The two publicly traded companies announced the deal Thursday, ending a long saga of uncertainty for Seattle-based Fisher, a 102-year-old company which has long struggled as a mid-sized broadcasting chain.
Over the past decade, Fisher sold most of two-dozen radio stations and even the state-of-the-art Fisher Plaza headquarters in the shadow of the Space Needle, which it now occupies as a tenant. It also was the victim of a hostile takeover by a hedge fund.
In 2011, FrontFour Capital Group of Stamford, Conn., which had been accumulating shares in Fisher, succeeded in getting two candidates elected to the Fisher board. Fisher's management at the time had urged shareholders to reject four FrontFour nominees. Today FrontFour owns more than 5 percent of Fisher shares.
Fisher announced in January it was considering options for shareholders. When the transaction with Sinclair is complete, there will be no local owners among Seattle's network television outlets.
Fisher is best known locally as the one and only owner of KOMO-TV, Seattle's ABC affiliate on channel 4, and all-news KOMO-AM-FM (1000, 97.7). It also owns conservative talk station KVI-AM (570) and pop-music station KPLZ-FM (101.5), better known as Star 101.5. For a time in the 1940s, the company owned KJR-AM (950).
Today Fisher also owns 19 other television stations in eight markets. Overall, Fisher stations reach 4 percent of U.S. households with TVs. Besides KOMO in Seattle, the nation's 12th-biggest TV market, they include ABC affiliate KATU in Portland, KIMA in Yakima, KEPR in the Tri-Cities, KVAL in Eugene and KBOI in Boise.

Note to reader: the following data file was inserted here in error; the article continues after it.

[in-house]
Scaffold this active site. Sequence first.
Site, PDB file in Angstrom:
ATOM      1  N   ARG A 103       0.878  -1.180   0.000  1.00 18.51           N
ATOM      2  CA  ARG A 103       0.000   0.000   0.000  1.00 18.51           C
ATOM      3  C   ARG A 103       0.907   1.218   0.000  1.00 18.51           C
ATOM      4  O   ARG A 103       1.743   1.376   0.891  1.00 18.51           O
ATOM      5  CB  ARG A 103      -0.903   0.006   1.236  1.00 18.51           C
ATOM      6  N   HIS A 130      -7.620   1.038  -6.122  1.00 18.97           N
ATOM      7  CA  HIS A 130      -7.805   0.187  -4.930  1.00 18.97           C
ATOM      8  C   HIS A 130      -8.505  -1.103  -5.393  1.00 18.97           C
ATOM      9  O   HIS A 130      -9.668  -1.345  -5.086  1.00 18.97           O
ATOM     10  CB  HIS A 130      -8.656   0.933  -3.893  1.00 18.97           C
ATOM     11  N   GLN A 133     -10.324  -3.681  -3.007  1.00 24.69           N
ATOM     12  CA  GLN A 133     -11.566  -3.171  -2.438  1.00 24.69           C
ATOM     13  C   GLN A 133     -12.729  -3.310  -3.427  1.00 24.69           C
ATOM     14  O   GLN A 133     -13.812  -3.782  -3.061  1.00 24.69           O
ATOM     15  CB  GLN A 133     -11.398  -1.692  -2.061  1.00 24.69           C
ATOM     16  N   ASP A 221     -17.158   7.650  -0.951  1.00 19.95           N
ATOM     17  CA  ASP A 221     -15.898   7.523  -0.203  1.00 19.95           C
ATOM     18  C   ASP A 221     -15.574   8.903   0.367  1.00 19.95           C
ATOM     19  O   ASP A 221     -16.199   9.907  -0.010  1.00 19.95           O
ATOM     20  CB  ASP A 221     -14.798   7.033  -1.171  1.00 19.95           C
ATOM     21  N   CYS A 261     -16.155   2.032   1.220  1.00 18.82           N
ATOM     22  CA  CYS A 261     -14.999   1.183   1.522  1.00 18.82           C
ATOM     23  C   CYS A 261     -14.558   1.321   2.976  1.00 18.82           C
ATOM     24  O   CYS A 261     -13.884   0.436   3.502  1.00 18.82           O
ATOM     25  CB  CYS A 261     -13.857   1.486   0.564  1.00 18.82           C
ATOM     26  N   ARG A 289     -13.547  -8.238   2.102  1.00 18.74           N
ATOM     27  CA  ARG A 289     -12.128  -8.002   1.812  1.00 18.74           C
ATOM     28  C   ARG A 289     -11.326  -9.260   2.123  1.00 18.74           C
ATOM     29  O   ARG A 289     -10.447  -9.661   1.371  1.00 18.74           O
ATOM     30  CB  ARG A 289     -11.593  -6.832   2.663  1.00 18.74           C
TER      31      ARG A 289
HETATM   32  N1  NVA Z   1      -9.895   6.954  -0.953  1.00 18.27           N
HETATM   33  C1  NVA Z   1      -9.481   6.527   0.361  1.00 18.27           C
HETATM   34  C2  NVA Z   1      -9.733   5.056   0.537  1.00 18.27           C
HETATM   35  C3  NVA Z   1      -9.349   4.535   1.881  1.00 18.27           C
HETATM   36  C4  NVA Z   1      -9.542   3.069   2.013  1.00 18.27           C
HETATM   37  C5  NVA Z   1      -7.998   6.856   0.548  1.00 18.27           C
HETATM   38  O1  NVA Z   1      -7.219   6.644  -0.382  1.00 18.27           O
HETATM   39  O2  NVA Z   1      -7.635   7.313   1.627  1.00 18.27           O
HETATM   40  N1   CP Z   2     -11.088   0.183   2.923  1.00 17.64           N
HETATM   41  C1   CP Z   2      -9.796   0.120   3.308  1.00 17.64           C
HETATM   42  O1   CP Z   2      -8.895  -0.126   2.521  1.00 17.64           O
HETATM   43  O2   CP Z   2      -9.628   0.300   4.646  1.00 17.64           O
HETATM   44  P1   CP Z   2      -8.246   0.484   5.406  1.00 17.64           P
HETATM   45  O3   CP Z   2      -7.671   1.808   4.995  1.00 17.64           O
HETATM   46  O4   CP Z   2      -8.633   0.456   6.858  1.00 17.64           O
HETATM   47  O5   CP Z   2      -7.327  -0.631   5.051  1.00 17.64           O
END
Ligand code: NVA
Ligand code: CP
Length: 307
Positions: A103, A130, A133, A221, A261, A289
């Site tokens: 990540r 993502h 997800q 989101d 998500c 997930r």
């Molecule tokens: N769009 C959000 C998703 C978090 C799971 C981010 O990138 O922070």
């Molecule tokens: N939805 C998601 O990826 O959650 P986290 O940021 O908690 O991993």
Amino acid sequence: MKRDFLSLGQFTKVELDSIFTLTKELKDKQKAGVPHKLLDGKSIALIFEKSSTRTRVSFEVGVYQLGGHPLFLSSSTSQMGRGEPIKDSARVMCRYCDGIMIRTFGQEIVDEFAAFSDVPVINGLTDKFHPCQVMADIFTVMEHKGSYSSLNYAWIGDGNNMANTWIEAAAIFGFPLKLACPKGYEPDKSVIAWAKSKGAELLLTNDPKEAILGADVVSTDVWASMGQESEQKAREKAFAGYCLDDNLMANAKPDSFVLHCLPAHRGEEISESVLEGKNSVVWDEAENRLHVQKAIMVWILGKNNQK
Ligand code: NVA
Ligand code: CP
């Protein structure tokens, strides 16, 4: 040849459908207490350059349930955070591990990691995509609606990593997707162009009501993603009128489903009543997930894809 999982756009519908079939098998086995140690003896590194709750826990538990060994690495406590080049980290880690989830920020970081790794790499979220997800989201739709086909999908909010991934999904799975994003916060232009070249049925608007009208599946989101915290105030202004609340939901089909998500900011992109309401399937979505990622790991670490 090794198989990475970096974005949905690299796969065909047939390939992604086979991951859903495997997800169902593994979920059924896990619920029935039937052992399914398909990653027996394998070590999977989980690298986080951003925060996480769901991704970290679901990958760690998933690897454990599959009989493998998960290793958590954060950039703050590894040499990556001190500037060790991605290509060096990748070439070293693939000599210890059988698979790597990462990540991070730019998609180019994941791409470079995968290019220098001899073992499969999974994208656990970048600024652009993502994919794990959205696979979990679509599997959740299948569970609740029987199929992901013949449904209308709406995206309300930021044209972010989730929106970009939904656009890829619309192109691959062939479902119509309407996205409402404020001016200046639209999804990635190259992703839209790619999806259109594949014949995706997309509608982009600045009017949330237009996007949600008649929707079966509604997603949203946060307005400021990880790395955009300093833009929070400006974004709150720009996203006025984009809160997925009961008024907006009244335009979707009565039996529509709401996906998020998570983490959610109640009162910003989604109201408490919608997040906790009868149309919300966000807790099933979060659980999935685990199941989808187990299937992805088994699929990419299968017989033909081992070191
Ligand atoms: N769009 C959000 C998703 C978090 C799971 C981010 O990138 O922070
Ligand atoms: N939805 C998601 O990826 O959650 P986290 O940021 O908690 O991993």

In a news release, Fisher and Sinclair said the transaction is subject to approval by the Federal Communications Commission, antitrust clearance and approval by holders of two-thirds of Fisher's outstanding shares of stock. Under terms of the deal, Fisher shareholders will receive $41 per share. Fisher stock closed Thursday at $41.09, up more than 5 percent.
Fisher began as a Seattle flour-milling company in 1910. In 1926, KOMO-AM began broadcasting. KOMO-TV signed on in 1953 and became Seattle's ABC station in 1959. The company grew from there, with KATU-TV in Portland signing on in 1962.
After the acquisition, Sinclair will own or operate 134 television stations in 69 markets, reaching about 34 percent of U.S. TV households, the company said.
The Associated Press contributed to this report.
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